Arrange several layers of paper towels near the stove.  Pour the oil into a skillet at least 6 inches in diameter.  Heat the oil until it ripples.
            With tongs, dip each tortilla into the hot oil.  In a matter of seconds, the tortilla will become limp.  Remove it immediately and drain it on the paper towels.  If you don’t act quickly enough, the tortilla will become crisp.  Repeat the process with the rest of the tortillas.
            Warm the chile sauce and the chicken.  To layer the ingredients, top the first tortilla with half of the chicken and onion, and one-third of the chile sauce and cheese.  Repeat for the second layer.  Top the stack with the third tortilla, then add the remaining chile sauce and sprinkle cheese over all.  Run the enchilada under a broiler until the cheese melts.  Serve piping hot.

Vegetarian Green Chile Sauce
Makes approximately 5 cups

4 cups water
2 cups chopped, roasted green chile
1 cup crushed tomatoes
1 tablespoon diced onion
1 teaspoon garlic salt--add to taste
1 teaspoon vegetable base or use 4 cups vegetable stock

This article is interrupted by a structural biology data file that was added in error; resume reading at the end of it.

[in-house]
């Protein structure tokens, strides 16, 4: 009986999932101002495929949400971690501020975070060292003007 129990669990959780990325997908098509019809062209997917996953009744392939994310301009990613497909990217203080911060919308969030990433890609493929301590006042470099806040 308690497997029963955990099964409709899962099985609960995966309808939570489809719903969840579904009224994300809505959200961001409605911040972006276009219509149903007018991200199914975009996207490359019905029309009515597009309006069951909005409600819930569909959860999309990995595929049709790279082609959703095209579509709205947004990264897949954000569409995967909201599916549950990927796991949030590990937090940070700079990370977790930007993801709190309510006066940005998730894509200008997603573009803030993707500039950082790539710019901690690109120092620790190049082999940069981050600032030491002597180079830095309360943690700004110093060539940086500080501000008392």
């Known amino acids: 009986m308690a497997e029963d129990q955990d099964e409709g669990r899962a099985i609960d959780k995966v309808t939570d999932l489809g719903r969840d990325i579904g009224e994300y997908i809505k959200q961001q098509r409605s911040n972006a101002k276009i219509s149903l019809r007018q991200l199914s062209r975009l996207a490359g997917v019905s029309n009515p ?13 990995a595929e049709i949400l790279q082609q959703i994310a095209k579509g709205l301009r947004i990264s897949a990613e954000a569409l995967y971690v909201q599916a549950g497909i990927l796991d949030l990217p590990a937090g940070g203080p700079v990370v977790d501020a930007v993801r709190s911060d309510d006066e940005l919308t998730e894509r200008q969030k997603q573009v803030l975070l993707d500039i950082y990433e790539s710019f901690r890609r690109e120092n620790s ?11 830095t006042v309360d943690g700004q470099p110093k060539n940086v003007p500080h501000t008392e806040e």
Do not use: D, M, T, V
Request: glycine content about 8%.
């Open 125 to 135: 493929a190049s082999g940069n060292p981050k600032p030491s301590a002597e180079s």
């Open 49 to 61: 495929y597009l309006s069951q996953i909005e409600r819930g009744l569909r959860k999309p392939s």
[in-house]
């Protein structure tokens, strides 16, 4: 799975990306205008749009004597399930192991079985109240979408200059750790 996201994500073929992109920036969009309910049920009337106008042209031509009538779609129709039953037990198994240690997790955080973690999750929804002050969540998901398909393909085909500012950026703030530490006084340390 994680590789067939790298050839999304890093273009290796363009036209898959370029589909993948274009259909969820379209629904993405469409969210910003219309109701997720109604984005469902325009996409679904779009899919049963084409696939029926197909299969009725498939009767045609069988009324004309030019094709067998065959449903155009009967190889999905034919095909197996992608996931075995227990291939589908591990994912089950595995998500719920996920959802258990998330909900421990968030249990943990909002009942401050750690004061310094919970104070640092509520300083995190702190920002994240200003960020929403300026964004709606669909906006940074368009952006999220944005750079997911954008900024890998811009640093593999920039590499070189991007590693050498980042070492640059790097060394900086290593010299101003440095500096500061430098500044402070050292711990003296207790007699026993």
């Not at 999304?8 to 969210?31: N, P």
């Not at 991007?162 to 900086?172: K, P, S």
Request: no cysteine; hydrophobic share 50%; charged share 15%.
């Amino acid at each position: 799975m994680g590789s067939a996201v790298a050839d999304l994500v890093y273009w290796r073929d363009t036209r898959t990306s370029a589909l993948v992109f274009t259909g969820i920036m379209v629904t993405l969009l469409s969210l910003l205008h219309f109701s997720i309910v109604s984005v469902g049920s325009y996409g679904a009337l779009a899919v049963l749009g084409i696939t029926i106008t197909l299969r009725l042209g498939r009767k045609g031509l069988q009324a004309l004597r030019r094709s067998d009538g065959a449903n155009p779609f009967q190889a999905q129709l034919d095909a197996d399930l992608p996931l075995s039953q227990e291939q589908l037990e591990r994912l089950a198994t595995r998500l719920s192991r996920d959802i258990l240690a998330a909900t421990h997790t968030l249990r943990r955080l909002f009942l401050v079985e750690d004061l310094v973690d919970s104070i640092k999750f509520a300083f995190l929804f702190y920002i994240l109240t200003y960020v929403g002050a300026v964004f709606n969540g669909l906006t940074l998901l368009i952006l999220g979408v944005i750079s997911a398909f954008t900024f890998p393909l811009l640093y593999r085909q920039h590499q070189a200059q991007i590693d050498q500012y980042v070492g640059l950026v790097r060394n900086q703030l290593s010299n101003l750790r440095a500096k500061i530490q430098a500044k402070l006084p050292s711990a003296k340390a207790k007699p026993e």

3 tablespoons corn starch dissolved in cool water

Combine all ingredients in stock pot except for corn starch.  Bring to a boil over medium heat and cook for about 15 minutes.

Dissolve starch in about 1/4 cup water and pour into sauce, bringing to a boil.  The sauce should thicken lightly as it boils and your sauce is ready to serve. 

Don't Call Me a Foodie

I eschew the word “Foodie.”  For some time now, I have heard the term used to loosely describe people who are interested in food.  I’m interested in food, but I still don’t like the word.  I don’t know if it is the diminutive nature of the word, or that it sometimes seems pretentious. 
For example, last Christmas my husband and I were at a dinner party where most of the guests were bragging about their culinary adventures.  A gentleman in his seventies was discussing his best method for making cheesecake in a self-deprecating sort of way.  While the cake looked beautiful, he claimed that it wasn’t quite right.  Personally, I was impressed that he had made the cake at all.
Then the hostess introduced us to her Foodie friend, a woman wearing a red and white Christmas vest with matching candy cane earrings.  The Foodie enlightened the group about how she macerated the cherries in her pie, and felt like it was her best effort to date.  I had the impression that she spent a lot of time making cherry pies.  This would have been great if her cooking matched her claims.  The pie was cloyingly sweet, and I didn’t know what to do with the rest of my serving.  They didn’t have a dog.
While I don’t consider myself a Foodie, I do love to cook, and to read cookbooks, and memoirs, and novels that involve food.  I like cooking because it involves creativity and gives me a sense of accomplishment.  Cooking brings joy to my senses:  it is beautiful to look at, to smell, to touch, and especially to taste.  Cooking makes me feel like a good human being, especially when I share it with others.